twimm-sm-copy.jpgLast week was punctuated by a steady stream of mobile marketing-related announcements, studies, partnerships and launches – some interesting, some not so much… and none of which truly worthy of a dedicated post.

Nevertheless, taken in aggregate these moves represent an ever-advancing industry, charging forward on the backs of the innovators, the followers, and the “never say hype” over-enthusiastic forecasters.

We give you then, the first of mobilestance.com’s “This Week in Mobile Marketing”

TWIMM: We read the domestic Mobile Marketing trades, studies, announcements and insane market forecasts… so you don’t have to!

  • Mobile Search. Nielsen Mobile (formerly Telephia) announced that “46 Million [US] Mobile Data Users Used Mobile Search Functions in Q3 2007.” But before you get all excited, keep in mind that “The most popular form of mobile search among data users in Q3 2007 was 411 (18.1 million users), followed closely by SMS (text-message) -based searching, which was used by 14.1 million data users during the same period.” Yep… the “big news” is that folks are mostly using mobile search to look up local phone numbers – not exactly a headline generating statistic. Still, “while local listings were the leading search objective in terms of users, (27.1 million data users searched for local listings in Q3 2007), 14.8 million said they searched for information such as sports scores, news or weather, while nearly a quarter (11.3 million) said they searched for mobile content.” Good news for SMS Ad Networks such as 4INFO . Notably absent from the announcement was any mention of WAP-based search offerings such as those by Google, Yahoo, Jumptap and the like – other than a brief mention that “61% of 411 search users are female, while 60% of WAP (or mobile web) search users are male.”
  • Meanwhile in related news, Nokia’s head of search Jussi Pekka Partanen simultaneously hyped local search while taking shots at Google, as reported moconews.net. At the the Visiongain mobile search conference in London last week the handset giant contended that mobile search will be more context-focused than the existing page rank-driven engines currently dominating the desktop search market. Nokia’s current “Nokia Search” product seems more evolutionary than revolutionary, combining web search with local (meaning: on the device) content search.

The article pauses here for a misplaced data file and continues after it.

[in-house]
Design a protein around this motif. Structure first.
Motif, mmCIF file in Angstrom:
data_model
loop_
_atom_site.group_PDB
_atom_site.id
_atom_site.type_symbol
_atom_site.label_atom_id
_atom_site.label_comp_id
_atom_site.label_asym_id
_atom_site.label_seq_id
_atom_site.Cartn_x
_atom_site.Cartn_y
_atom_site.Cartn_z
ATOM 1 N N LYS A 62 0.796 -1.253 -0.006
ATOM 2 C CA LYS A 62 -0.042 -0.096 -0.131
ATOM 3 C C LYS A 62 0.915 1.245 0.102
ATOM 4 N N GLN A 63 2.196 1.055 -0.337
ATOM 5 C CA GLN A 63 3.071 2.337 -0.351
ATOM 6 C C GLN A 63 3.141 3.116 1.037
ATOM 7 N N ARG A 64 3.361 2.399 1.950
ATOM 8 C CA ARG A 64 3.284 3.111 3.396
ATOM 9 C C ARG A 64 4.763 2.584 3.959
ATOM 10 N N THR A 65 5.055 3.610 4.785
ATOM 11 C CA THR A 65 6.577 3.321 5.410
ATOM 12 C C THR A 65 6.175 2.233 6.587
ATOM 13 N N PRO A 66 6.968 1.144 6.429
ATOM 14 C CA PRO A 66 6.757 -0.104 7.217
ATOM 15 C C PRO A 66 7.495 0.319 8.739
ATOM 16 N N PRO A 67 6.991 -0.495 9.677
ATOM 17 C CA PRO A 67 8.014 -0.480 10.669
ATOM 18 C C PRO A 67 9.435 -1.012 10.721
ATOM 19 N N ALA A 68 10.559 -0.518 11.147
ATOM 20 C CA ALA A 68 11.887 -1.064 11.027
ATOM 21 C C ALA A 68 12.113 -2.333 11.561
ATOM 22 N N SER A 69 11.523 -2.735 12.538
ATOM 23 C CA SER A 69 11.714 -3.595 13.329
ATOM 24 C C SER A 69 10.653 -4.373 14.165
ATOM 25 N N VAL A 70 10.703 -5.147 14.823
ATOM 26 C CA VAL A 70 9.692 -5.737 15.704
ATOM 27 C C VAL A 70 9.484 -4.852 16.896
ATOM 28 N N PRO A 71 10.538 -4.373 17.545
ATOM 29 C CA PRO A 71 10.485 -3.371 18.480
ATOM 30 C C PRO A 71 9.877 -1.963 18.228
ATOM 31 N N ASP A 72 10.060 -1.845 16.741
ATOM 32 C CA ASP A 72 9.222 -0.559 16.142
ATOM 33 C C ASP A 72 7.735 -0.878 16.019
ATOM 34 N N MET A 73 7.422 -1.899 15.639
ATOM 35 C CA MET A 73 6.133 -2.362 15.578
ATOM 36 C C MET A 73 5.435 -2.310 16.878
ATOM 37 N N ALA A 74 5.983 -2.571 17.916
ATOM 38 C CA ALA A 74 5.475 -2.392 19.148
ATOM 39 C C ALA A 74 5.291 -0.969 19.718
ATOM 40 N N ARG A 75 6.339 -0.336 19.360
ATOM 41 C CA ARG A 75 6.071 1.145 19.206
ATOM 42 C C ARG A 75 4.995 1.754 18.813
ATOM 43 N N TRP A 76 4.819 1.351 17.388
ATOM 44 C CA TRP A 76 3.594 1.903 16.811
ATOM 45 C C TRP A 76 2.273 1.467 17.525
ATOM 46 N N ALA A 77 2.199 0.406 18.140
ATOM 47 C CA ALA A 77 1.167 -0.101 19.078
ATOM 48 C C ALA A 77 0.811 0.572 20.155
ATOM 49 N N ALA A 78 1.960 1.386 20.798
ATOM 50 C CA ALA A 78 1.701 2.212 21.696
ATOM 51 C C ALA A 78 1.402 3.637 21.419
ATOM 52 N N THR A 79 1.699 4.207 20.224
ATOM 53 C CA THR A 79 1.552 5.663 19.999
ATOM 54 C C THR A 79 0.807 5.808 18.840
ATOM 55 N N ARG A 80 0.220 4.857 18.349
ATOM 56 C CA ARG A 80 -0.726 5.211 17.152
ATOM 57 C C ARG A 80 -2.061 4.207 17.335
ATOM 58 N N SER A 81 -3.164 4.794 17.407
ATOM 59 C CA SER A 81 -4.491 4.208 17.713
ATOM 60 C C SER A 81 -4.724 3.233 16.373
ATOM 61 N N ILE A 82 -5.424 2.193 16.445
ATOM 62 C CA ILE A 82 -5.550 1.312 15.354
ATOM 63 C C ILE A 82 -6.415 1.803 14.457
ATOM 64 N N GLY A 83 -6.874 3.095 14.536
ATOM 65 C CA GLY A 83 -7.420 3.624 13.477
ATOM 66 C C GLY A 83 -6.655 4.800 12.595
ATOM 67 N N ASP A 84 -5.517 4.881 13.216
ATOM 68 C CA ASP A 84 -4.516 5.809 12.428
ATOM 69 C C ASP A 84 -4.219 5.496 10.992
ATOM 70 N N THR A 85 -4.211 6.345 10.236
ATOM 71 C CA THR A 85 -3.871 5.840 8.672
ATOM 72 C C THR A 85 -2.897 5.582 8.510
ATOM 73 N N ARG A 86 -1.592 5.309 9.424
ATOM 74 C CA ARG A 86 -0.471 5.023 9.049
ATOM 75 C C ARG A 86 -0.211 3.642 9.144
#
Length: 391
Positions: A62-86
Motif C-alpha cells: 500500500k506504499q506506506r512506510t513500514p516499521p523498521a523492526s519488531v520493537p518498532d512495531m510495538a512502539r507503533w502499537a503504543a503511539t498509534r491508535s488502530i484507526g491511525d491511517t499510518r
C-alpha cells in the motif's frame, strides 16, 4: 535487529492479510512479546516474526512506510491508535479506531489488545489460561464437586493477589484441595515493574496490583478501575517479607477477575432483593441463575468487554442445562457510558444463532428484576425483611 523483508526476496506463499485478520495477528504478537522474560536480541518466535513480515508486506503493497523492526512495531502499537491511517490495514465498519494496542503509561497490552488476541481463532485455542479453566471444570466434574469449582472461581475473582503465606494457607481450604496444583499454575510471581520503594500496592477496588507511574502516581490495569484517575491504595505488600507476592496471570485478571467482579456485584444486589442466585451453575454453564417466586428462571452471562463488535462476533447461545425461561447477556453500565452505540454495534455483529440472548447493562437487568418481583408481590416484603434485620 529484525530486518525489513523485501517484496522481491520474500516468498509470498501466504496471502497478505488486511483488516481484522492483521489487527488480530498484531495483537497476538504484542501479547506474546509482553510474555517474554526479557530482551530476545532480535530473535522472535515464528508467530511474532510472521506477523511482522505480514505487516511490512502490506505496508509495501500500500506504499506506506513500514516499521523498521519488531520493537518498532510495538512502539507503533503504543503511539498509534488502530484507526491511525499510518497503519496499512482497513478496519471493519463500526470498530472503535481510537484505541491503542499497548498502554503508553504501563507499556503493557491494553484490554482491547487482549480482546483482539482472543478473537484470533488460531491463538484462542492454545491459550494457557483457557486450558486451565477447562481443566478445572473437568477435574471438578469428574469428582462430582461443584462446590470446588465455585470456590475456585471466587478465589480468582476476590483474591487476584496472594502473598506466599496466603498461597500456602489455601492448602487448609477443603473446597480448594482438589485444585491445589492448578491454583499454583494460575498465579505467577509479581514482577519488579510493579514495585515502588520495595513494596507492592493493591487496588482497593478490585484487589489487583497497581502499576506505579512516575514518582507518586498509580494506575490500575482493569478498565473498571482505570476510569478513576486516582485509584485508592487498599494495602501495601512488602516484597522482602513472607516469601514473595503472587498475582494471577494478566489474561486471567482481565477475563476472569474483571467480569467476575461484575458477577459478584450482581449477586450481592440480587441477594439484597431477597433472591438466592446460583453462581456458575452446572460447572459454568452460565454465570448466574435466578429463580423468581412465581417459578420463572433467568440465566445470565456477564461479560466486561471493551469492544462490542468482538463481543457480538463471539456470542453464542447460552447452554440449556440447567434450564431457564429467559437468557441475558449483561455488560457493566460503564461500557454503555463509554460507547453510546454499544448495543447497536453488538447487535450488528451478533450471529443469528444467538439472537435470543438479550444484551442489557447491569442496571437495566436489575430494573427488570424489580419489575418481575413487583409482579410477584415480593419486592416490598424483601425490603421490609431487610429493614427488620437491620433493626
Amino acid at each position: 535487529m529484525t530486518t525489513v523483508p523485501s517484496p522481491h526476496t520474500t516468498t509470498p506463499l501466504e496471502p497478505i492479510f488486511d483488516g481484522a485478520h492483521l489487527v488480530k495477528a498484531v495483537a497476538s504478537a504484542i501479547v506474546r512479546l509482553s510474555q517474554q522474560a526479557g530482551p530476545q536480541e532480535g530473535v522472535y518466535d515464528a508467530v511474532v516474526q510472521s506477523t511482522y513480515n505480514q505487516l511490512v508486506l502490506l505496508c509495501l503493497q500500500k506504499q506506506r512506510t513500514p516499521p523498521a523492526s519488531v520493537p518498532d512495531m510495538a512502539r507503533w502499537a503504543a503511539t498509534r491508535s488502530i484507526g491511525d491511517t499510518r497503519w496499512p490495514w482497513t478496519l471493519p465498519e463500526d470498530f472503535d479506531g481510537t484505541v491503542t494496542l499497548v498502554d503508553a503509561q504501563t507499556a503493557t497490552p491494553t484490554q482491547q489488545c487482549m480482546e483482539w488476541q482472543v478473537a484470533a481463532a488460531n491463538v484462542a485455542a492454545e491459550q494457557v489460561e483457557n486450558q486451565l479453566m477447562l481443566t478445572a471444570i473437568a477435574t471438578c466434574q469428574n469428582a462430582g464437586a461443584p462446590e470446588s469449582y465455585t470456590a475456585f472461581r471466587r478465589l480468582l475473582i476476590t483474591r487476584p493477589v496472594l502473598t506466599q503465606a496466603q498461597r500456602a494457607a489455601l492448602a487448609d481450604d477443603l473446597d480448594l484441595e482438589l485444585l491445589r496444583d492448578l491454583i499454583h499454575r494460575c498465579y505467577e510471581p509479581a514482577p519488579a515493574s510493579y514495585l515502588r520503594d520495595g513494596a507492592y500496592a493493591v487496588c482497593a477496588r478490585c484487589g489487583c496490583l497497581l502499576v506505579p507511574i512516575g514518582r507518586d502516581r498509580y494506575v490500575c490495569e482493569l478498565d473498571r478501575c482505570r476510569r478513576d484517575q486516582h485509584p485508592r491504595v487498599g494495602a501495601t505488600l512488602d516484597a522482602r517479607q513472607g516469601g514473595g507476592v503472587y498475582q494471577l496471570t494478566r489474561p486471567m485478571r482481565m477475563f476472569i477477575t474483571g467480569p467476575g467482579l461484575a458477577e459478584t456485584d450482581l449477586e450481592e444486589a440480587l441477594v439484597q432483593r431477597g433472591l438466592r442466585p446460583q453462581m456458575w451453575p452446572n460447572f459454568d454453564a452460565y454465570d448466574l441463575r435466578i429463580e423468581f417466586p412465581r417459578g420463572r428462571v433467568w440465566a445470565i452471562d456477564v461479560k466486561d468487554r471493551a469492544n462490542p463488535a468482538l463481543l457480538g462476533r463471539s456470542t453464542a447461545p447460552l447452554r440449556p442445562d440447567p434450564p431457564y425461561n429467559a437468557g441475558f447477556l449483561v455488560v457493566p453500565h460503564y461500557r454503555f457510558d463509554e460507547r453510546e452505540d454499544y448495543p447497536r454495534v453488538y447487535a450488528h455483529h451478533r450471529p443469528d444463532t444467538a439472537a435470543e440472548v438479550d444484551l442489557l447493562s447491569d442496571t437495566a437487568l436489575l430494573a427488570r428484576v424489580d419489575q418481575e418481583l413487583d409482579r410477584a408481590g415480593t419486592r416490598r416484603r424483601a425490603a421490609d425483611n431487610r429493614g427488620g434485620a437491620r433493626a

• The Mobile Web. 40% of web publishers have launched mobile sites, with another 25% planing to do so in the next year, this according to Jupiter Research in a report entitled “Mobile web sites: Designing for mobility.” The number is somewhat misleading, insomuch as “this number… likely reflects mobile versions that consist of frames and offer a kludgy user interface,” or so says Mediapost. The report states that only 3% of the above mobile sites are “mobile advertising enabled” – in that they have the ability to optimize ad delivery based on whether the user is viewing the page via a mobile device (versus a PC). Mediapost also notes that up to 1/3 of these pages enable mobile commerce of some sort, such as “instant transactions and the ability to drive shoppers into nearby stores” – a fairly vague definition of mobile commerce to be sure.
  • Notable Mobile Website launches included a dedicated mobile version of FIM’s Photobucket (m.photobucket.com), Discovery Mobile’s new mobile portal (discoverymobile.com, which houses the all of Discovery Communications’ mobile sites, such as Discovery Channel Mobile, Animal Planet Mobile, and TLC Mobile), and USA.gov Mobile (http://mobile.usa.gov – which seems to be a fairly straightforward RSS fed Gov’t info formatted for mobile).